Zero-tax Texas is up next with a gain of $31 billion in AGI, followed by North Carolina with $16 billion. Two progressive tax states, Arizona and South Carolina are next, then non-progressive Washington, Colorado, Nevada and Tennessee. Progressive tax Oregon rounds out the top 10.

In contrast, the list of top losers is filled with progressive tax states. New York is the worst in the country; it has lost a net $55 billion in AGI to other states since 2010. Illinois, where politicians want to join the ranks of progressive-tax states, is next with a net loss of over $34 billion. Progressive tax California, New Jersey, Connecticut and Ohio are next. Flat tax states Massachusetts and Pennsylvania along with progressive Maryland and Virginia round out the top ten losers.

The gains and losses states have experienced since 2010 aren’t trivial. Winning states have, on average, seen net AGI gains from other states equal to 10 percent of their 2010 base AGI. Once again, Florida takes the top spot with an in-migration gain equivalent to 20 percent of its 2010 AGI. Progressive tax South Carolina is next with a gain of 16.1 percent, followed by Texas with 15.7 percent.

Illinois, meanwhile, lost the equivalent of 10 percent of its 2010 AGI to other states, the 2nd-worst loss in the nation behind Alaska.

What all this shows is that progressive tax states, if they’re attractive in other ways, can still win people and their incomes. And it shows that a flat tax state like Illinois can lose people if it’s corrupt, mismanaged and financially crippled.

So no, taxes aren’t everything. But add a progressive tax scheme to the nation’s most mismanaged, most-indebted, near-junk-rated and highest taxing state in the country and you’re asking for trouble.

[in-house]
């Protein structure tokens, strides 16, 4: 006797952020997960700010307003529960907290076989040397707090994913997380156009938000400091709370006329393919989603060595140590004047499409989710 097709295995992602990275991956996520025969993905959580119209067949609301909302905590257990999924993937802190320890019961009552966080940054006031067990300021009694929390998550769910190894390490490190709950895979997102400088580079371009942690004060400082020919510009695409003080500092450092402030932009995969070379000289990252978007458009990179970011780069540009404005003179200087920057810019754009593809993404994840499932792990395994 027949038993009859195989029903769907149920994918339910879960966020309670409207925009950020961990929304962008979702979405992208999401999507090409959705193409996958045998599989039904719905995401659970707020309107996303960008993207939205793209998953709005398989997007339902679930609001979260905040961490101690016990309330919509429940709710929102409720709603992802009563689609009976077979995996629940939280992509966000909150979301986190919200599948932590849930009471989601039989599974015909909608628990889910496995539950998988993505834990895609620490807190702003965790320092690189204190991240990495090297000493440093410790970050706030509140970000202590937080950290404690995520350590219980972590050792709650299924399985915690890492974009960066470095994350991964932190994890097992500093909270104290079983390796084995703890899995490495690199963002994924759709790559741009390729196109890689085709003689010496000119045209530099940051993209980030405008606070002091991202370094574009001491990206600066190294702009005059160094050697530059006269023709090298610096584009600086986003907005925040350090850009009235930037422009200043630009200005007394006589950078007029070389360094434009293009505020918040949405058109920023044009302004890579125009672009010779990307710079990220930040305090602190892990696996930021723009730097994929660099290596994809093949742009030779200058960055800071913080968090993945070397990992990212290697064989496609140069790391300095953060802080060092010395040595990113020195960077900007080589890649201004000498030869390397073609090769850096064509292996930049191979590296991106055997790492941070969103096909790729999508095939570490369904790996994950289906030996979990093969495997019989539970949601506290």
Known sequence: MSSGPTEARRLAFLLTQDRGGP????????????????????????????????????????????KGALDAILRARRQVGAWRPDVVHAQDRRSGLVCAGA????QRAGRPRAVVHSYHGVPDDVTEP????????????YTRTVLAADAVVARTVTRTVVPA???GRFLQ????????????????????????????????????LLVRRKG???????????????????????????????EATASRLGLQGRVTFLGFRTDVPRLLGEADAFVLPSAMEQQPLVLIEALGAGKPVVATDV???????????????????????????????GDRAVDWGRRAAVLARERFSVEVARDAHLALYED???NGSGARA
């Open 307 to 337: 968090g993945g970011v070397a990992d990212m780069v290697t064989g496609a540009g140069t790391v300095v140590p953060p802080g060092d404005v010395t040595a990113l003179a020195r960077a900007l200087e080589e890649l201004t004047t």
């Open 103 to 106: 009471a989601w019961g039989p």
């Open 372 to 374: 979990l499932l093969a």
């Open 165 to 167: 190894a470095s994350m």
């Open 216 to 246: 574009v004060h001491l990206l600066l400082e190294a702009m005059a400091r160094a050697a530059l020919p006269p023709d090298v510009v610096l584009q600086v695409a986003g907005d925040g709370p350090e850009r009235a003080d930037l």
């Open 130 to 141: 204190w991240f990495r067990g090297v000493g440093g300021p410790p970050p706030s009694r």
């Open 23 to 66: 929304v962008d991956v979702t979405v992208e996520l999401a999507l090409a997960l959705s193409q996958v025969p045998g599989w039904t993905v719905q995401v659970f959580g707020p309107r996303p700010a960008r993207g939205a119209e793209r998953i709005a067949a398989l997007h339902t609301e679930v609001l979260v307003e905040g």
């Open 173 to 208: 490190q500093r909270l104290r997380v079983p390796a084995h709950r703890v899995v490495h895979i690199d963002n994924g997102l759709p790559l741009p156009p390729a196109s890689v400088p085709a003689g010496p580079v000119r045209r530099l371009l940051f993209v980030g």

Just follow the money.

Read more about why a progressive income tax would harm Illinois:

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Poor Taxpayer
26 days ago

Tax, Tax, Tax the honest hard working slave taxpayer.
See how this really works as Illinois is loosing population fast to Faster.
Illinois ” Land of Slavery”

Jeff
26 days ago

Moral of the story for states. Tax on consumption, not income.

mqyl
26 days ago

Ted and John, your maps are a bit misleading, because some states you show as having progressive tax rates essentially operate more like flat tax rate states. For example, you show VA as having a progressive rate, but there’s only one rate on taxable income over $17K. As you well know, that’s not the type of tax gradient IL is looking at. VA shouldn’t be grouped with IL in more ways than one.

nixit
26 days ago
Reply to  mqyl

They’re using the same math the pro Fair Tax folks use when they paint flat tax states as extreme outliers in a progressive tax world.

Douglas
27 days ago

There shouldn’t be any income tax to begin with. That said, we’re moving to Phoenix, and I can say that it is FAR cheaper in regards to taxes there than here even with an income tax. Property taxes are under 1/4 what they are here.